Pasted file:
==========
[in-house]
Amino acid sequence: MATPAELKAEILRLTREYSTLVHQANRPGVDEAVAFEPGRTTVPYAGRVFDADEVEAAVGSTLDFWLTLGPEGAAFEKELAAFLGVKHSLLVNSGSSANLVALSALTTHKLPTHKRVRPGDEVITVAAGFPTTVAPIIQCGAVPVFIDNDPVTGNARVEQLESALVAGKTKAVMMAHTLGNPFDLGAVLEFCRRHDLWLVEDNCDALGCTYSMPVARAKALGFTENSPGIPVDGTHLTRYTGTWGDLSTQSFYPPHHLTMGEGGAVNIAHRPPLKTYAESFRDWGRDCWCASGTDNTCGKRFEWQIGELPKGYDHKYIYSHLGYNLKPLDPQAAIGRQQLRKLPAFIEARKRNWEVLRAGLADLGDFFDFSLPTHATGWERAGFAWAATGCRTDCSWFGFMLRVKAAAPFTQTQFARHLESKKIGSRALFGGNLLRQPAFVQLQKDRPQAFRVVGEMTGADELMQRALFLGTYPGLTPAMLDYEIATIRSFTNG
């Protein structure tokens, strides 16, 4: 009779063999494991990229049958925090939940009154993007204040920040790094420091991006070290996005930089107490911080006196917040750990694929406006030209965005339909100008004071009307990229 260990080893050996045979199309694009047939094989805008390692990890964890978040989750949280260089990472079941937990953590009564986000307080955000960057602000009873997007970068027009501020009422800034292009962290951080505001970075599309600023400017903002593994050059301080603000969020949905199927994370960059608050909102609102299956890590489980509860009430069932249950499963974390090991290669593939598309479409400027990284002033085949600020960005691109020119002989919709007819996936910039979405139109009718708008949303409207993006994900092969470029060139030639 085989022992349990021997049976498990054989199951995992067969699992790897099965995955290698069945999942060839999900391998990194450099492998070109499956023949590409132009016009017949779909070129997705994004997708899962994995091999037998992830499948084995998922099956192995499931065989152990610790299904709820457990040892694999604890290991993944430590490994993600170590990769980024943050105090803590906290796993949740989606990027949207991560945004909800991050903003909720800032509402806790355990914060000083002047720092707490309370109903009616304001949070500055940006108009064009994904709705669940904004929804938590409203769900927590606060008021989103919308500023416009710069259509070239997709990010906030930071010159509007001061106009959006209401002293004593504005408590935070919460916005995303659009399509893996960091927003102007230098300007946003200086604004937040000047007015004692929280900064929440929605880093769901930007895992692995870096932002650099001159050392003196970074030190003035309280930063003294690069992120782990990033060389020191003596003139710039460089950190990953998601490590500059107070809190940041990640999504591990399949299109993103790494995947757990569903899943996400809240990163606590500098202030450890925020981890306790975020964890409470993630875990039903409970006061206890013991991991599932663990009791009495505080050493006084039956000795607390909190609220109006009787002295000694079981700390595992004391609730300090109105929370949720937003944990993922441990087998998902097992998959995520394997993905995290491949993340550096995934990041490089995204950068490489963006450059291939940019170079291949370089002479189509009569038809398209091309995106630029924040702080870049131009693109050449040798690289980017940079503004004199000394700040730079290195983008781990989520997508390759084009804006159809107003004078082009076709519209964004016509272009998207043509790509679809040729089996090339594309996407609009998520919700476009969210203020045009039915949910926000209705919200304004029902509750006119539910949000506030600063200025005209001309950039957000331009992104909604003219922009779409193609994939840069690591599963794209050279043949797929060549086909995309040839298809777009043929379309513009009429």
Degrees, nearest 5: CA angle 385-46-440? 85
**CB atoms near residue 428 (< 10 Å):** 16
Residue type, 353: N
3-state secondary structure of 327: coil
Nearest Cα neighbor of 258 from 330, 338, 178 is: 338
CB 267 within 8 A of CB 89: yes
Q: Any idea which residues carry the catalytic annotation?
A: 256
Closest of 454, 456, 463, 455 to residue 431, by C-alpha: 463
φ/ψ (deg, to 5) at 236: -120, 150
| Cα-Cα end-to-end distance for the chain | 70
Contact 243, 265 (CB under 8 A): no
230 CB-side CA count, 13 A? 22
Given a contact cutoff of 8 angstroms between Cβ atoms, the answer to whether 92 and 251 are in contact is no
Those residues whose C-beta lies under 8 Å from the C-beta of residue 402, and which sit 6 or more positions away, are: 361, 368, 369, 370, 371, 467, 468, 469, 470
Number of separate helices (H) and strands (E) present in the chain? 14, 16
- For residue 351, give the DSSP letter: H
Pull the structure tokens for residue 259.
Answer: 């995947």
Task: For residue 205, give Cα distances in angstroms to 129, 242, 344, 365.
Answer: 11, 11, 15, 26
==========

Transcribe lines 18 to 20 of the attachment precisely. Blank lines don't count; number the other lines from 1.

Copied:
Those residues whose C-beta lies under 8 Å from the C-beta of residue 402, and which sit 6 or more positions away, are: 361, 368, 369, 370, 371, 467, 468, 469, 470
Number of separate helices (H) and strands (E) present in the chain? 14, 16
- For residue 351, give the DSSP letter: H